Solving Scotland’s Housing Crisis with Real Change for Tenants

A Home is a Human Right

  • Restore the public housing stock and create jobs by building 100,000 new homes per year to meet demand.
  • Protect tenants with rent controls and a halt to evictions.
  • Maintain the supply of affordable housing by capping multiple home ownerships.
  • Guarantee a suitable, safe, and stable home for all – without fuel poverty, dampness, and overcrowding.

Scotland is in the middle of a housing crisis and, as the economy struggles, we’re on the brink of an evictions catastrophe. We need real change for tenants in Scotland.

Rent in Scotland has grown, and grown, and grown; while the housing situation for working-class people has gotten more and more insecure. A household becomes homeless in Scotland every 18 minutes.

The Tory “right-to-buy” scheme and the dangerous dependency on the “housing market” have turned a public utility into a private, for-profit commodity – excluding millions from access to a suitable, safe, and stable home, and putting over £4bn worth of property into the control of firms based in tax havens.

We’re making sure that a Home is a Human Right in Scotland again.

Restore Public Housing

Housing is a social need, and should not be a source of private profit.

In September 2019, 11,432 households were living in temporary accommodation – including 7,252 children. The average time spent in “temporary” accommodation is six months, and even longer for children. There is a crisis of available homes in Scotland because the public housing stock has been depleted through privatisation. At current rates, it’ll take 20 years to clear the existing waiting list for housing. This is a housing crisis.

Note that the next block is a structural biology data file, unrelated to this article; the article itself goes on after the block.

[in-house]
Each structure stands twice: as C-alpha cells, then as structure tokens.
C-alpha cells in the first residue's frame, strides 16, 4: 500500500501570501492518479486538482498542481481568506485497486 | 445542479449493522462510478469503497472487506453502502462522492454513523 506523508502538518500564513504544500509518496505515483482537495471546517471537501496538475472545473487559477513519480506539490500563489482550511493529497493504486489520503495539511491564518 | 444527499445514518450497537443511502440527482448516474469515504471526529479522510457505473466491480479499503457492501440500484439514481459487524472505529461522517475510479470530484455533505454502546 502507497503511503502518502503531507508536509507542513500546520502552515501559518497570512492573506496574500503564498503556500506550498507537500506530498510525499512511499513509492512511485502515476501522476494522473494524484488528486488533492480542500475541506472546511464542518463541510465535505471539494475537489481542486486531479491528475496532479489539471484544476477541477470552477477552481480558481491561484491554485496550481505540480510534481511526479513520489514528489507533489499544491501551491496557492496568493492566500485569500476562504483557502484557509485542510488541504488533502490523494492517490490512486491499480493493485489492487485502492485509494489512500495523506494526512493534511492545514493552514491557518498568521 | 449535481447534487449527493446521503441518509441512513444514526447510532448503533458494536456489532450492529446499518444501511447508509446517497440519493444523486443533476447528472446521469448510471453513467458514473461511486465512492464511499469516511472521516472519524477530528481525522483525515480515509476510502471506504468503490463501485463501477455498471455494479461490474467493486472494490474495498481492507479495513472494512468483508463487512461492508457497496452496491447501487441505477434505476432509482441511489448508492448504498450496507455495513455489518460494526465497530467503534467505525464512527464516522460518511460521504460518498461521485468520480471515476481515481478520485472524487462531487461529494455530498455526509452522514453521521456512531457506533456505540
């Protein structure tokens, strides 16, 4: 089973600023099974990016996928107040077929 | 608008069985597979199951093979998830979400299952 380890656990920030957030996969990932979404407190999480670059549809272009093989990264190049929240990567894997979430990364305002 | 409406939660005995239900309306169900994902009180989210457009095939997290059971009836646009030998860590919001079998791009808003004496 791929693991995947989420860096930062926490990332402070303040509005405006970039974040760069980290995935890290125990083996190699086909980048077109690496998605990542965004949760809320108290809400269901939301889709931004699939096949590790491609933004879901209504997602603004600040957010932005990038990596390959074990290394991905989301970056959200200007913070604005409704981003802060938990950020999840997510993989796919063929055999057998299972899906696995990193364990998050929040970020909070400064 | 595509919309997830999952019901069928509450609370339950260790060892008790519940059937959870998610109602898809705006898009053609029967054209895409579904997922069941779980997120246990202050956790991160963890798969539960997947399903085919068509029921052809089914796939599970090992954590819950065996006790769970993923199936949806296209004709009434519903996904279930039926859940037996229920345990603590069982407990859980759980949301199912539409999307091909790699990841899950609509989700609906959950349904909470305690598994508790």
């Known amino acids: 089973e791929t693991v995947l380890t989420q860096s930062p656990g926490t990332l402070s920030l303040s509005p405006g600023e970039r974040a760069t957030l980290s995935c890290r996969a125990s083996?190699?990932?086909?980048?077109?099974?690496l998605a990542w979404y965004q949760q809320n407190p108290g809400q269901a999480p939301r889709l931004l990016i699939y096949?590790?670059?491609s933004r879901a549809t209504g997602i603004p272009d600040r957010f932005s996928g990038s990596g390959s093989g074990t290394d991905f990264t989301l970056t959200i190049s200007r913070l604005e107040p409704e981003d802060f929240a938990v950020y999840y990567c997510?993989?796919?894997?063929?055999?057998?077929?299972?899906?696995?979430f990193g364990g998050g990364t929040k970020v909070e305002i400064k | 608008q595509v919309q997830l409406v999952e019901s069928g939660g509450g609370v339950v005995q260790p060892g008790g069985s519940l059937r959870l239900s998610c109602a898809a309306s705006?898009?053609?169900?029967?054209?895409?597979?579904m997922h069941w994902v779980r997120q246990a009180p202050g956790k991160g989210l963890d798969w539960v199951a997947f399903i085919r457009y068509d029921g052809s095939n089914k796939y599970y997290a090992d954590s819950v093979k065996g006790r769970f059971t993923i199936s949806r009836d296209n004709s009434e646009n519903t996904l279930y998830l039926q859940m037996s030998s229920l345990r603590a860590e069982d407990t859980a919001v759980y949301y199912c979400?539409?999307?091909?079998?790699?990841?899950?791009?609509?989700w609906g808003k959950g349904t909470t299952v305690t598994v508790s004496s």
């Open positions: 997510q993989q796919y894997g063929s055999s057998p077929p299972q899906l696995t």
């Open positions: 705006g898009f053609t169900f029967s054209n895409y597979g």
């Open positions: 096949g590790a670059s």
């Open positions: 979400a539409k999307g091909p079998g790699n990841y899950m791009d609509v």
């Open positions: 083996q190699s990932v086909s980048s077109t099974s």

The proportion of people aged under 35 relying on private rent in Scotland climbed from 13% in 1999 to 36% in 2018. Millions of people are under the thumb of the banks in the form of crippling mortgages. This is a reflection of the drop in quantity and quality of public housing. Private tenants have fewer rights and are paying more and more rent every year. We need real change to restore public housing in Scotland.

With a publicly-owned National Construction Company, the SSP will build 100,000 suitable, affordable, and environmentally-sustainable for-rent public-sector homes per year until demand is fully met – including 20,000 per year in rural areas.

To support this, we’ll make private construction build at least one new home for affordable rent, managed by local authorities or a community-based Housing Association, for every five homes built for sale.

We’ll also bring long-term empty or dilapidated homes into public ownership, and restore them for social rent.

Scrapping the regressive Council Tax and replacing it with a progressive Scottish Service Tax will free up more, and fairer, funding for local government to build public housing – spreading the cost more proportionately in line with the ability to pay.

To further fund a restoration of the public housing stock, local authorities will gain the power to levy a Land Value Tax on property worth over £1m. We support a thorough, transparent register of Scottish land and property ownership to close down the tax haven loopholes that are making our crisis worse.

Public subsidies for private ownership will stop, and funds will be redirected towards restoring public housing, supporting tenant democracy, and controlling rent.